Training Myths and Facts – Dogster

There are many different opinions when it comes to training dogs, and these differences have led to a distinct split in the dog training world. There is a saying that if you put three dog trainers together in a room, all they will agree on is that the other two are wrong. There’s some truth to this, but as the debate rages on, science is revolutionizing our understanding of domestic dog behavior, tipping the scales toward a more positive, humane approach I call “positive training.”

When I became a dog trainer over 20 years ago, the dog training industry was moving towards a more humane model. But just as positive training was gaining popularity, punitive techniques resurfaced at a popular American dog training show, setting positive training back years. The American Veterinary Association, the American Veterinary Society of Animal Behaviorists, and the American Humane Association were among the many institutions that sounded the alarm, but the damage was already done. At the same time, my show It’s Me or the Dog moved from the United Kingdom to the United States, giving American viewers an antidote to punishment training by demonstrating that dogs can learn to behave without the use of force, regardless of age, gender, or gender. variety or issue. The two dog training camps now had their very public flag bearers and the debate raged on.

What is Package Theory?

Traditional training bases many methods on what is called “pack theory.” Traditional trainers teach people to be “pack leaders” using equipment and methods designed to exert dominance and rank by suppressing the dog’s presumed desire to dominate people and be pack leaders themselves. This sows the seeds of mistrust and leads people to use techniques that supposedly demonstrate their role as pack leaders. One technique is called the Alpha roll – if a dog misbehaves, it is forcefully held on its back or side until it surrenders. This forceful submission intimidates and sometimes hurts the dog to obey.

What an Alfa really does

The terms “Alpha” and “Pack Leader” have become curse words in the positive training world because of the damage they do. The word Alpha is usually used to describe a dog or person who forcibly exerts control over others, but in reality, an Alpha does not have to use violence at all. True leadership is shown by teaching and influencing behavior in others without the use of force, which is something most dog lovers would rather embrace. So why are some people so wrong?

The pack theory and misuse of the word Alpha is partly due to flawed research done on wolves in captivity in the 1970s by David Mech, a senior scientist with the US Geological Survey. Little did he know that his research was about to cause a storm of misunderstanding in the dog training world.

To conduct this research project, wolves from different packs were forced to live together so that researchers could get a better idea of ​​how wolf packs worked. The resulting violence to establish dominance within the pack was thoroughly studied and the results were also applied to the behavior of dogs. But when researchers wanted to see how a real wolf pack functioned, they went the wrong way because their experiment was based on some crucially flawed assumptions.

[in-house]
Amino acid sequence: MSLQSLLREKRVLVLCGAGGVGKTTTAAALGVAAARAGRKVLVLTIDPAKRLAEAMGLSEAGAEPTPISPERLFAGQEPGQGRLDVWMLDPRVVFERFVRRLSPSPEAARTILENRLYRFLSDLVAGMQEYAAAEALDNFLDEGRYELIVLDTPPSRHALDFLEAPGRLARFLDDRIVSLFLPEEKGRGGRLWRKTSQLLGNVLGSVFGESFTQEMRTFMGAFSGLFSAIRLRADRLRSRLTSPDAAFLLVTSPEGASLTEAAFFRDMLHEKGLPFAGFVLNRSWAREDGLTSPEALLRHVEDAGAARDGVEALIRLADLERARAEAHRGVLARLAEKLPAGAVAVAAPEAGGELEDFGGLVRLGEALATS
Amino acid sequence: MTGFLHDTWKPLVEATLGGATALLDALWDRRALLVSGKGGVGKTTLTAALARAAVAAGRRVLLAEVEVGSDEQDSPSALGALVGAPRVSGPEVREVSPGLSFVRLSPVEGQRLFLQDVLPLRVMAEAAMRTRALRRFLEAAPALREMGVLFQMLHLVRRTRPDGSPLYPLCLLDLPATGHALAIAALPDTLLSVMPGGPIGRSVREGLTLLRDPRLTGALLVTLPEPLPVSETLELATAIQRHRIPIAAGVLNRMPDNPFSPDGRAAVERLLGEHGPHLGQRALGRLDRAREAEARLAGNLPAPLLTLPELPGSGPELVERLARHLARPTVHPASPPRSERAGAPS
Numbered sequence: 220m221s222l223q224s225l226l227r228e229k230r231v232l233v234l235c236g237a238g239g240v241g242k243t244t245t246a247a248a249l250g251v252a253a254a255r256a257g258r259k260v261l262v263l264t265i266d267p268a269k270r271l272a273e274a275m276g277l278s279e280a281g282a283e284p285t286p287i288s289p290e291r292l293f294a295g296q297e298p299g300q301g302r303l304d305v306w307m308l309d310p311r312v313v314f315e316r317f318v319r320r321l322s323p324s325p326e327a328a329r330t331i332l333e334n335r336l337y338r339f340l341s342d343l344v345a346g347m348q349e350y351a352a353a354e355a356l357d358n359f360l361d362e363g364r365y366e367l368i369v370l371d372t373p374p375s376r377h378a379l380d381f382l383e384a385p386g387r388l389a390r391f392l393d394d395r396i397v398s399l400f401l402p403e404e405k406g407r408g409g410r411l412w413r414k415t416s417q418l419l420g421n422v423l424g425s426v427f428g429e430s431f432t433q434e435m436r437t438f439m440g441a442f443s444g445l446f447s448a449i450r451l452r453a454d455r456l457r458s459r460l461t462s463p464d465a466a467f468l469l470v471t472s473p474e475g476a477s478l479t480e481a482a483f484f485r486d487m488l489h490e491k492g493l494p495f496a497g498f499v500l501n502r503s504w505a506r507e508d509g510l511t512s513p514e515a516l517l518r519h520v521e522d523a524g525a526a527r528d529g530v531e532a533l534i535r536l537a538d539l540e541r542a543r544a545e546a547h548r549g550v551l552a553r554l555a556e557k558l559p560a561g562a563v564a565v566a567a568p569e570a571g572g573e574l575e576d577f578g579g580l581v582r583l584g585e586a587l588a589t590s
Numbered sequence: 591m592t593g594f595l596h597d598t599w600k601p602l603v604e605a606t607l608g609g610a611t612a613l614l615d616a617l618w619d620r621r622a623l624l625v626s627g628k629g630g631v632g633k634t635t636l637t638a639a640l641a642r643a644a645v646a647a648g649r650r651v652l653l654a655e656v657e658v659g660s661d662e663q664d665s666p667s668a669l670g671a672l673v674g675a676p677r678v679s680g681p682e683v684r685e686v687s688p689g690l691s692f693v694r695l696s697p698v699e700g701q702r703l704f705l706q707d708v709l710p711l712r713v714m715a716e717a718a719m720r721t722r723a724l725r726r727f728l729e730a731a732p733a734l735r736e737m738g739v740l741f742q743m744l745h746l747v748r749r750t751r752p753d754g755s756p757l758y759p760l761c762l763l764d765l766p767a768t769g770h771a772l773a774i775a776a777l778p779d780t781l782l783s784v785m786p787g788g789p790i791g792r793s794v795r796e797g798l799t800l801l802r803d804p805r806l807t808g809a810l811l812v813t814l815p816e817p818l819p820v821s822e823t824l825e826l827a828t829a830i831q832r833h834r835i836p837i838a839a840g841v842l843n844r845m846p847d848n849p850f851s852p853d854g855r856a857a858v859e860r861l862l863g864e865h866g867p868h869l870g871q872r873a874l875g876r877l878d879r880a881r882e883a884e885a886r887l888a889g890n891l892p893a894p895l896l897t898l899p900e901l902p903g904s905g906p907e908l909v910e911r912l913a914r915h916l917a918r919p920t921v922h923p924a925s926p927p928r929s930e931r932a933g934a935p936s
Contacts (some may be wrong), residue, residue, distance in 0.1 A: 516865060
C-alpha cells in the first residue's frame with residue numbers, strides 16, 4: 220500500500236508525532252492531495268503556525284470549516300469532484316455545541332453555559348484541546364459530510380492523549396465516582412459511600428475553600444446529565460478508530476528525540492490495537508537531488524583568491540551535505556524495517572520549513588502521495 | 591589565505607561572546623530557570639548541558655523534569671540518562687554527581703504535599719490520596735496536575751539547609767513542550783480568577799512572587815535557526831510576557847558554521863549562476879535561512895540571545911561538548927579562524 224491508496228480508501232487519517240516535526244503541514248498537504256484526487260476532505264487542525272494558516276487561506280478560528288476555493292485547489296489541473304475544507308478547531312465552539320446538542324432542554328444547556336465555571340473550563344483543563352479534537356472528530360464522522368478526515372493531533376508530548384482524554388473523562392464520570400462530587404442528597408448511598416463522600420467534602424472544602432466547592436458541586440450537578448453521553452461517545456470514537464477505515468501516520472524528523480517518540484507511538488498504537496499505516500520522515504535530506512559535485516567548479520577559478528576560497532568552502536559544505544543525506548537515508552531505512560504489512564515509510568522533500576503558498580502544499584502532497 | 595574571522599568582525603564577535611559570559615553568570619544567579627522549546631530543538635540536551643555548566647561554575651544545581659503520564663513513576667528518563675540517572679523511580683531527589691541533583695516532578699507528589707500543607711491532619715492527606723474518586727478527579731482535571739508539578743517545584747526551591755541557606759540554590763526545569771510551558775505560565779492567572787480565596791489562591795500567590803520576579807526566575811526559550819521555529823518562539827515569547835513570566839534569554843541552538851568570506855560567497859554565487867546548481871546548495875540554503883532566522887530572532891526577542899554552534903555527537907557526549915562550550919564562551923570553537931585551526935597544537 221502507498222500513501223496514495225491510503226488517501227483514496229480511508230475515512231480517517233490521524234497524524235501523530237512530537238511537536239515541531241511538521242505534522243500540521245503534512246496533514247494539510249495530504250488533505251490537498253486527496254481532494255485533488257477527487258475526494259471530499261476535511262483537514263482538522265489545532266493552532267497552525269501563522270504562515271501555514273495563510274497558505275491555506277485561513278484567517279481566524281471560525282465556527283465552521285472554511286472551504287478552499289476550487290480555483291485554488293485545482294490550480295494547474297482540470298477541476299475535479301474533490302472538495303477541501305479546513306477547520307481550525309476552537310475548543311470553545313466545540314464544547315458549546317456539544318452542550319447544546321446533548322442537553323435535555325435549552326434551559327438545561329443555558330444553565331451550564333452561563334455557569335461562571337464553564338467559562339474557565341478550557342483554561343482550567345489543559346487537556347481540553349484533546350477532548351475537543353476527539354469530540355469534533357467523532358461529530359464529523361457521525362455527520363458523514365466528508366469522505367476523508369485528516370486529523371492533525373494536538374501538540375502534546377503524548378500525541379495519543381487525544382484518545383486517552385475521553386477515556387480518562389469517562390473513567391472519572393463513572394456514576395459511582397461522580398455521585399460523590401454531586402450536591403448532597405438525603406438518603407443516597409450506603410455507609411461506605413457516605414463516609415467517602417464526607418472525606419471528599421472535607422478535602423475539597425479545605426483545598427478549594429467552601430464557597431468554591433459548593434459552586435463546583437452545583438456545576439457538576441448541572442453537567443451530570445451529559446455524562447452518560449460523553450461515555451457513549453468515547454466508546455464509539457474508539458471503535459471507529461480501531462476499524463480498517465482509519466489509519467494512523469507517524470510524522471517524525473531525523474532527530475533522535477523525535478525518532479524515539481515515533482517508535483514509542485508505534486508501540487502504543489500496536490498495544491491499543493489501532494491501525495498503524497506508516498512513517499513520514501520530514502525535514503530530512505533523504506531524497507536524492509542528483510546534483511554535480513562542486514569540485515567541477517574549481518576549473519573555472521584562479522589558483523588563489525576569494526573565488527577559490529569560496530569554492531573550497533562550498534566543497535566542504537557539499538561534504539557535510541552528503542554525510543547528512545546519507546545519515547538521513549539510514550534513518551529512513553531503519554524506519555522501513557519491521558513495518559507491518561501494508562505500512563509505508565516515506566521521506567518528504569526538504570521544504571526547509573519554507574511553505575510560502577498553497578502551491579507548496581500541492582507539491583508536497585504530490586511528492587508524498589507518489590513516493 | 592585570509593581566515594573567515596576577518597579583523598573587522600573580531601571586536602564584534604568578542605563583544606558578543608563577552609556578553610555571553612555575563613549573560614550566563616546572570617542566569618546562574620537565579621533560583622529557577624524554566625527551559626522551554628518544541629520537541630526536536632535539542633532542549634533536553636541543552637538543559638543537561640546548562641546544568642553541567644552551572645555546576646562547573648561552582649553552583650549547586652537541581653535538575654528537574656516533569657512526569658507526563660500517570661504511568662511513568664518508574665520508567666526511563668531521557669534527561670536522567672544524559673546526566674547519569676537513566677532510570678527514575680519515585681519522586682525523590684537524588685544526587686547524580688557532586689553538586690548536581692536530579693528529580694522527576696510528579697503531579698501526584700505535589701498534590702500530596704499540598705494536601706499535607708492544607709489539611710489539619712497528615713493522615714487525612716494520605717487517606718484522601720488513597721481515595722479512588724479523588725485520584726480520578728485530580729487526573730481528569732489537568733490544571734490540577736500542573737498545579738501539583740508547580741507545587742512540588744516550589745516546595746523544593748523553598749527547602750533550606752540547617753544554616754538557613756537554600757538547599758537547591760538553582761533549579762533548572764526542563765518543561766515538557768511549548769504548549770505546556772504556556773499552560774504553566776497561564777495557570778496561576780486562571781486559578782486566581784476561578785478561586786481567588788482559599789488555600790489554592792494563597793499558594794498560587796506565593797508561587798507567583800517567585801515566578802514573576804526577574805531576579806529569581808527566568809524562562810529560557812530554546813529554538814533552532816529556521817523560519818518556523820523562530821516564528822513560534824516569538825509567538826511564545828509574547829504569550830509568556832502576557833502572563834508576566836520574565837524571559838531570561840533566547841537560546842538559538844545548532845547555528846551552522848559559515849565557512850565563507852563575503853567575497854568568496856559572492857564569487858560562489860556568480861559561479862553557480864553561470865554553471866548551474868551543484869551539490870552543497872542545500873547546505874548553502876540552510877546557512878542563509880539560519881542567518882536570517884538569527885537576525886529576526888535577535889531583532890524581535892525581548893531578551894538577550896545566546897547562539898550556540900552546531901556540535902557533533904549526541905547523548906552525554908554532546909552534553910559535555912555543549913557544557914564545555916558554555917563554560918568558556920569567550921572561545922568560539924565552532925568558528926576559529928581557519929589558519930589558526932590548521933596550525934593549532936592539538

First, dogs are not wolves. Although dogs retain some wolf characteristics, 15,000 years of domestication has changed them in many different ways, both physically and behaviorally. Second, what researchers saw when they studied captive wolves was the behavior of a dysfunctional pack, and it was this dysfunction that caused the violence. David Mech has since explained this mistake by stating that “when one artificially puts any group of any species together, these animals will naturally compete with each other.”

He goes on to clarify that a natural pack consists of a mother and father and their offspring. This pack survives a bit like a human family where the parents take the lead and the children follow. In a natural pack, violence is not normal and harmony is created because submissive behavior is freely given by the younger wolves, rather than being forced upon them by their parents. This reverence avoids injuries that would compromise the pack’s ability to hunt prey successfully. So when people try to assert their Alpha status over their dogs using techniques like the Alpha roll, they are not Alphas at all, but are replicating the role of a pack bully. And as for being a pack leader? Well, dogs are pretty smart and know full well that humans are not dogs. How can people be pack leaders when they look and act so different?

A natural wolf pack consists of a mother and father and their offspring.

Positive versus punitive

There is still a long way to go when it comes to putting punitive training methods and abuse of words to bed once and for all, but until then I will continue to carry the flag for positive training camp. Positive training aims to build relationships with dogs based on mutual trust, motivational rewards and understanding. Rather than punishing negative behavior, positive trainers look for the root cause of the behavior and adopt humane ways to modify and change it. The results are worth it. Positively trained dogs are more confident, tolerant, self-controlled and more predictable in a variety of situations.

As David Mech puts it, “This issue is not a matter of semantics and political correctness. It is one of biological correctness that accurately reflects the biological and social role of the animals rather than perpetuating a false image.”

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